Son of Augustana Alumnus Finishing Father’s Memoir
Thursday, July 29, 2010
In early September 1961, the average Midwestern college freshman was listening to Elvis and Chubby Checker on the radio, watching Wagon Train or Perry Mason on TV, and working his or her hair into a tight pompadour or beehive, respectively.
Halfway around the world, in Kenya, Amos Odenyo was busy preparing to start his freshman year at Augustana College in Sioux Falls. Excited and nervous, the 26-year old former assistant inspector of police spent an evening packing everything he owned in two suitcases – two suits, four shirts, a pair of shoes and a few other items. In his briefcase, he carried some documents and an English-Swahili dictionary.
The next evening, he waved good-bye to his family and boarded a flight bound for New York City as a member of the Kennedy-Mboya Airlift Program, a 1960’s-era initiative that steered hundreds of Kenyans and East Africans to the United States for college studies.
He was the first member of his family to travel on an airplane, the first to leave East Africa and the first to attend college.
Nearly 50 years later, Odenyo’s son, Odera Odenyo visited Augustana while conducting research for “Staring at the Nyanza Sun, A Kenyan-American Memoir,” a book he’s writing based on more than 20 hours of interviews with his late father, and his father’s journal entries.
For Odera Odenyo, chronicling his father’s life was something he felt he had to do.
“I found my father’s life so inspirational. He’s been the greatest influence on my life. To go from basically nothing – barefoot until age 19, to where he went in life is incredible. My father didn’t take anything for granted. He also didn’t talk about his successes because he was so modest. If I don’t tell his story, it will never be told,” he said.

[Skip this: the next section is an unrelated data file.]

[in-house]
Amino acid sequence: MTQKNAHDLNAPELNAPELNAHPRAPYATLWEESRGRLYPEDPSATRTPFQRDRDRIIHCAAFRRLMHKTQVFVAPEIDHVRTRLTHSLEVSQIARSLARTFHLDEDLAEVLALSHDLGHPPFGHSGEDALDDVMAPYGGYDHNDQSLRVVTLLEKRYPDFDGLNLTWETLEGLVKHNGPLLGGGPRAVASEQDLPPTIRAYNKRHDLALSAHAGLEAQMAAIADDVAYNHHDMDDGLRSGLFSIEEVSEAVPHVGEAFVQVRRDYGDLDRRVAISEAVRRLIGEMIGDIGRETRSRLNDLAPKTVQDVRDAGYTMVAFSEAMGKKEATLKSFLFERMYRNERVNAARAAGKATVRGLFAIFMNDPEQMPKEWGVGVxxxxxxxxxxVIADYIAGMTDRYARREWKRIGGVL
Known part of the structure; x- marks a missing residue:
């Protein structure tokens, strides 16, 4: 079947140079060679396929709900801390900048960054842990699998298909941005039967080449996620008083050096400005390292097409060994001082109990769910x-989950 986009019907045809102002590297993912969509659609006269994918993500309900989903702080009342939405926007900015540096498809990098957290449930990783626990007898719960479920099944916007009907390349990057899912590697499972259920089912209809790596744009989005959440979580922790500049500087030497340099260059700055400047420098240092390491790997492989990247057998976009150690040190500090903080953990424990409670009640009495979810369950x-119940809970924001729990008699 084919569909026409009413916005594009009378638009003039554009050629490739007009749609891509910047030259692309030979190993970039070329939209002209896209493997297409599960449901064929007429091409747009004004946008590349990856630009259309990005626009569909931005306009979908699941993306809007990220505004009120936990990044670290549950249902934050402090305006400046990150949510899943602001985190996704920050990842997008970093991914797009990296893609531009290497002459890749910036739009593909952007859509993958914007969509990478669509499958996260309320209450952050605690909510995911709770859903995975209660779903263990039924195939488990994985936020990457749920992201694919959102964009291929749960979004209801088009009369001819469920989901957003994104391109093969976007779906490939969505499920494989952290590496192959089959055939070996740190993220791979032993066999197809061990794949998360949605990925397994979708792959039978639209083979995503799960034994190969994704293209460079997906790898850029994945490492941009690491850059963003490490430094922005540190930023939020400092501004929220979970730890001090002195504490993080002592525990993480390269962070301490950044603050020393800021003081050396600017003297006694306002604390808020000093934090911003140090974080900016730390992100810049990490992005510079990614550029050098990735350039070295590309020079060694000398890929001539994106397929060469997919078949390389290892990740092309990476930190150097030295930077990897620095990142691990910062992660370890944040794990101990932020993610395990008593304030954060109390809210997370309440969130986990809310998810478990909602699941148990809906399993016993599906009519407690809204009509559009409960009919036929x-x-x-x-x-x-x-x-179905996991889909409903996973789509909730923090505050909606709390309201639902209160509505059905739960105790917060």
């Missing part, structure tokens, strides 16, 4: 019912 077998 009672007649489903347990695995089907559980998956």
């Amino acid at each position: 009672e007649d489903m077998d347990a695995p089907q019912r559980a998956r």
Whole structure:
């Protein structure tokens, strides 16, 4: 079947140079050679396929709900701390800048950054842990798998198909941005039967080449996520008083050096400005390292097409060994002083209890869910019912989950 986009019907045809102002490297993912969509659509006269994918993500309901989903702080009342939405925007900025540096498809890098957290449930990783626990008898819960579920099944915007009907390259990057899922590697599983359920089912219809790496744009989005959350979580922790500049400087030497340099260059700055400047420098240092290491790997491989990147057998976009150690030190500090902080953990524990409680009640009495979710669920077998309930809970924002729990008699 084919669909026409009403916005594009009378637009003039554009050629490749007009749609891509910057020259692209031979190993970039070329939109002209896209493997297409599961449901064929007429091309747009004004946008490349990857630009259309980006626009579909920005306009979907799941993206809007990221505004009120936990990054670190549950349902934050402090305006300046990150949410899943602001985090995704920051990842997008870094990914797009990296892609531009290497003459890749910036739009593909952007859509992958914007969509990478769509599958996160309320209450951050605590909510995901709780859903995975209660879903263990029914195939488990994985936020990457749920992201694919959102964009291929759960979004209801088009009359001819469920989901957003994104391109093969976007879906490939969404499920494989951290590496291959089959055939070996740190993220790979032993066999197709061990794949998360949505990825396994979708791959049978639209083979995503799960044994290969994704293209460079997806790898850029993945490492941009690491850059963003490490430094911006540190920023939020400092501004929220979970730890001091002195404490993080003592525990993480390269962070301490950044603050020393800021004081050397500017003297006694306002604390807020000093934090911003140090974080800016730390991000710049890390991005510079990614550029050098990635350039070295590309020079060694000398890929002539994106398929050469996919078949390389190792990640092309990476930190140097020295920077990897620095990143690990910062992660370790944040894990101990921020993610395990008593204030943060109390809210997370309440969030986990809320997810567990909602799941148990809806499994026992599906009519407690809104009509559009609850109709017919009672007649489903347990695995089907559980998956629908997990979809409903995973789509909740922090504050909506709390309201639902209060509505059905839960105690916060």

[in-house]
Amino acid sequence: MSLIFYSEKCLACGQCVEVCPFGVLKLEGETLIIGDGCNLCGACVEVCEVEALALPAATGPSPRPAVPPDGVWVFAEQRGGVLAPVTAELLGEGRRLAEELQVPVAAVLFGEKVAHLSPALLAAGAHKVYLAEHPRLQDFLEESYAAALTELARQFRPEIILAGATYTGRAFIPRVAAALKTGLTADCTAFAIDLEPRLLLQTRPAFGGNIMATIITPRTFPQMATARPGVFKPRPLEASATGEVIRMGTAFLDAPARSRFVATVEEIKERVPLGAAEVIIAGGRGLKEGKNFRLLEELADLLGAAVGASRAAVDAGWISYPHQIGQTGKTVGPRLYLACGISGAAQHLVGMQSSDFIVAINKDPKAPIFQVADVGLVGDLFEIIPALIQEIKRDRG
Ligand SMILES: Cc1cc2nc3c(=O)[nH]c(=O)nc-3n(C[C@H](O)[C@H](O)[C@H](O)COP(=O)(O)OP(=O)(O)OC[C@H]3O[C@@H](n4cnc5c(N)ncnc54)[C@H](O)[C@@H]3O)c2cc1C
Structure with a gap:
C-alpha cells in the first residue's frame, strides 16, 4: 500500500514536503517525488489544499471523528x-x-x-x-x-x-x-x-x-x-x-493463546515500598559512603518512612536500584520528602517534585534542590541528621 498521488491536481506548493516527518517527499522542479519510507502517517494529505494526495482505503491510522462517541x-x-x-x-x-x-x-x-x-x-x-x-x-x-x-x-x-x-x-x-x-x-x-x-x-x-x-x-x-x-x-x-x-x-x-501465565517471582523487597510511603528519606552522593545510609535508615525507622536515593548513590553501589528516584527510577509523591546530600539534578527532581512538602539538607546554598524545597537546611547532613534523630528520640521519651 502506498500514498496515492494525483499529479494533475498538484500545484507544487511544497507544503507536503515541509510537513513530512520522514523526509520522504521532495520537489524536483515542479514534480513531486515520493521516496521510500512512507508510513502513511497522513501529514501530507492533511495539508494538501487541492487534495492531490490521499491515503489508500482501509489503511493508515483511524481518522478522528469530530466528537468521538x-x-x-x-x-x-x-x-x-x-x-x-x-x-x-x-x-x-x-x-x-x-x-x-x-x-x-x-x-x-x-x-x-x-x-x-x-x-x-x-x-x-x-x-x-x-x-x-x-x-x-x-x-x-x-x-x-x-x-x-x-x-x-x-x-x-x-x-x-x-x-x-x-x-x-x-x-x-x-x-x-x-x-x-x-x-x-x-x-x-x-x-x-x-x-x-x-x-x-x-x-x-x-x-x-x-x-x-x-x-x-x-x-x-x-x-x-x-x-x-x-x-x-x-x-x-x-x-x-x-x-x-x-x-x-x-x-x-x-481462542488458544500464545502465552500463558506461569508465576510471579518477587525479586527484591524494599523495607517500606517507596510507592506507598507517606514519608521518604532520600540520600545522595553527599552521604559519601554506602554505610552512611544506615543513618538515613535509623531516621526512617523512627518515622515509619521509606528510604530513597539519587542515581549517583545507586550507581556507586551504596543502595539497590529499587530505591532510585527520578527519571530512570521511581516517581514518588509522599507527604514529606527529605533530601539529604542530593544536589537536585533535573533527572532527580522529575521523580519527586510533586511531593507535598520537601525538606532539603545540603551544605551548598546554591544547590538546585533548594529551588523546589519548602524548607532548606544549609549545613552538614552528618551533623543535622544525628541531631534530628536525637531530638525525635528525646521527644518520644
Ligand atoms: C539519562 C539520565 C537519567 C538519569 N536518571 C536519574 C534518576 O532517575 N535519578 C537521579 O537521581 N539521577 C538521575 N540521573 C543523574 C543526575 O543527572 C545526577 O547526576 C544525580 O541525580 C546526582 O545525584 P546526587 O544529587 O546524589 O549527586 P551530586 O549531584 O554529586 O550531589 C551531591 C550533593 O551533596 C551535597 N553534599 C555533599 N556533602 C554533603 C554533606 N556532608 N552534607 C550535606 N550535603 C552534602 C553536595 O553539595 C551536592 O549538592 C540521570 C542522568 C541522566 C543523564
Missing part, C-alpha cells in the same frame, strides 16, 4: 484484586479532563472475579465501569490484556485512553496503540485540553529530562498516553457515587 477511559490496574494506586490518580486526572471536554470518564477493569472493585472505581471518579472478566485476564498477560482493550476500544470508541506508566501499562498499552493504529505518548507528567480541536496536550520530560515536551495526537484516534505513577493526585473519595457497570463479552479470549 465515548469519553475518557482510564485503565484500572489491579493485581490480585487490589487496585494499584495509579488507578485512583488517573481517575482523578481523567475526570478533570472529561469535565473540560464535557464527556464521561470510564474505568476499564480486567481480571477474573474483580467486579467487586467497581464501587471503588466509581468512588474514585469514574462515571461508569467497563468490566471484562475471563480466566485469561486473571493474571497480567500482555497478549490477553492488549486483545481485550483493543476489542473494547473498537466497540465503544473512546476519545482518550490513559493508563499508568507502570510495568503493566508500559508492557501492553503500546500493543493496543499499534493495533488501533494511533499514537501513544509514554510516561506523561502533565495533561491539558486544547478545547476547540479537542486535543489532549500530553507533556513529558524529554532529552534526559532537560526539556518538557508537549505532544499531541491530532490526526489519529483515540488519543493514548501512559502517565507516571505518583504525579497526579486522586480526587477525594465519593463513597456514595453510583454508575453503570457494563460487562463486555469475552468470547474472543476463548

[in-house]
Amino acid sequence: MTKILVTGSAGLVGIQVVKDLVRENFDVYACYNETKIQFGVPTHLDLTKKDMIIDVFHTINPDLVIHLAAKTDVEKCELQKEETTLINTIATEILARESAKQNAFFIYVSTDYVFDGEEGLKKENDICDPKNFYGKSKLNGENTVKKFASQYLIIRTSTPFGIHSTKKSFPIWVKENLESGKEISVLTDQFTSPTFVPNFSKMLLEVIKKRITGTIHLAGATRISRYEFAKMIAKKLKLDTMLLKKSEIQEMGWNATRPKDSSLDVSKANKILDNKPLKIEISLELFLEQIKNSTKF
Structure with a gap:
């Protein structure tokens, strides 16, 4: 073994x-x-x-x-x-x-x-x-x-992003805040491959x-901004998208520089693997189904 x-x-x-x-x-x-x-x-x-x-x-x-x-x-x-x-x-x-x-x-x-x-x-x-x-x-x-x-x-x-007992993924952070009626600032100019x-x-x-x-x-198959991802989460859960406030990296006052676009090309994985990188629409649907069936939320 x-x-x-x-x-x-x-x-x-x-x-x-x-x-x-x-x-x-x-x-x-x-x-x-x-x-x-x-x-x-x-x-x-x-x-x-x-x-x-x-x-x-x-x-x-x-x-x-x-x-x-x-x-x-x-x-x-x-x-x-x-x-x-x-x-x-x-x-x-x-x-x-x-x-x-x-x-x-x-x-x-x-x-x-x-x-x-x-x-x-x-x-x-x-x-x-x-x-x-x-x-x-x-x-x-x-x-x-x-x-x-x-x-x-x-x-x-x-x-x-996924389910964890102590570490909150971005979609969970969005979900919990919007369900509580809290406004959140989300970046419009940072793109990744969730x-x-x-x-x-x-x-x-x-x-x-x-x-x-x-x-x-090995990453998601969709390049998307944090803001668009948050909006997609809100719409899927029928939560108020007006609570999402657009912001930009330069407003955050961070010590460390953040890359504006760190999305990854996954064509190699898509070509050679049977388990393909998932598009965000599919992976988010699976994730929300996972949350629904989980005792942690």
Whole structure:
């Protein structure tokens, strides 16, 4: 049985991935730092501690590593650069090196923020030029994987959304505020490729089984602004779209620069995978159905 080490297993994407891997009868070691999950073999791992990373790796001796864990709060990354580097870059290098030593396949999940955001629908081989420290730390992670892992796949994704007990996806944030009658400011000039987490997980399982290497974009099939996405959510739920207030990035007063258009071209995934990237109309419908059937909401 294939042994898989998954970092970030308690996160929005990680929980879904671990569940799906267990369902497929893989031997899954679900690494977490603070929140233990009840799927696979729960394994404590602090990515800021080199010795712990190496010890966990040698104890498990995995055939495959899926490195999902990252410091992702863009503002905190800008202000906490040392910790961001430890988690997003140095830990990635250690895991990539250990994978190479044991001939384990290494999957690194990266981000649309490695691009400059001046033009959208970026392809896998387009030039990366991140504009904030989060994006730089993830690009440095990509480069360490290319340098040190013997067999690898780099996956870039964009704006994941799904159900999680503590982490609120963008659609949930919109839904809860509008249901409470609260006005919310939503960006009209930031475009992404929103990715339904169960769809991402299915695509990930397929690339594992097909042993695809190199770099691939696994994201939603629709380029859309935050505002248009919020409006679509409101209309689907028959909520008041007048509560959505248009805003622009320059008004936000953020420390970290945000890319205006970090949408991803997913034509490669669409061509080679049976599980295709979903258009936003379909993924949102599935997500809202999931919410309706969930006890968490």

After receiving his bachelor’s degree from Augustana in 1965, Amos Odenyo earned a master’s degree in sociology from the University of Wyoming in 1967 and a Ph.D. in sociology from the University of Minnesota in 1970. He died in 2007.
He spent 35 years working as a professor of sociology at York College in Queens, New York, and served as chairman of the Department of Social Sciences until 1994. He was also a member of the Board of Trustees of World Education, Inc.
Odera Odenyo said his father’s experiences at Augustana were life-changing.
“It was here that he really developed an appreciation for and an understanding of multicultural society – it was at Augustana where he learned how to understand people from diverse cultures, and began to understand how Americans understood him – a Kenyan.”
Amos Odenyo’s journal entries speak about two Augustana professors specifically – Dr. Orville Westby and Dr. Alfred Hotz. Both played a significant role in shaping Odenyo’s views on the world.
“Professor Westby gave me a systematic introduction to the world of human behavior. I began to realize that my behavior and values as an African were only one of many possible human patterns of interaction. Such a conclusion came as a revelation to me. Like many foreign students, my interpretation of events was based exclusively on my African background. ..in my junior year at Augustana, I began to interpret society, culture and religion on a more functionalist basis. I also declared a double major in sociology and political science,” Amos Odenyo wrote in his journal.
“Augustana was pivotal in my father’s decision to study sociology. Initially, he wanted to become a journalist. Through understanding how he fit into American society, he developed a love for social science. He chose sociology as a career because of the social analysis he experienced at Augustana,” Odera Odenyo said.
His peers at Augustana also played a role in shaping Amos Odenyo’s future.
“His first year here, he felt lonely – lonely for his culture. He spent his first Christmas alone in Solberg Hall. He didn’t go out into the snow because he had no boots or winter clothing,” Odera Odenyo said. “Eventually, students donated some winter clothing, a janitor gave him some boots, he became friends with his roommate.”
Later, Amos Odenyo would meet his future wife, Mayone Dahlk of Grove City, Minn., at the Mikkelsen Library.
As Odera Odenyo writes, the real audience for his book is his father’s descendants.
“Both his grandchildren, whom I know, and their grandchildren, whom I will never know. For them, this book is a gateway to their past, as well as a roadmap for their future. If there is one single theme that Dr. Odenyo’s descendants should pick up from this book, hopefully it is the realization that the biggest determining factor in their success is personal character. Compassion, self-determination, respect for education and inspiration were the key elements that defined my father. My hope is that Dr. Odenyo’s descendants, as well as children throughout the world, will embrace these values, incorporate them into every aspect of their lives, and create a better life for themselves, their family, and for their community.”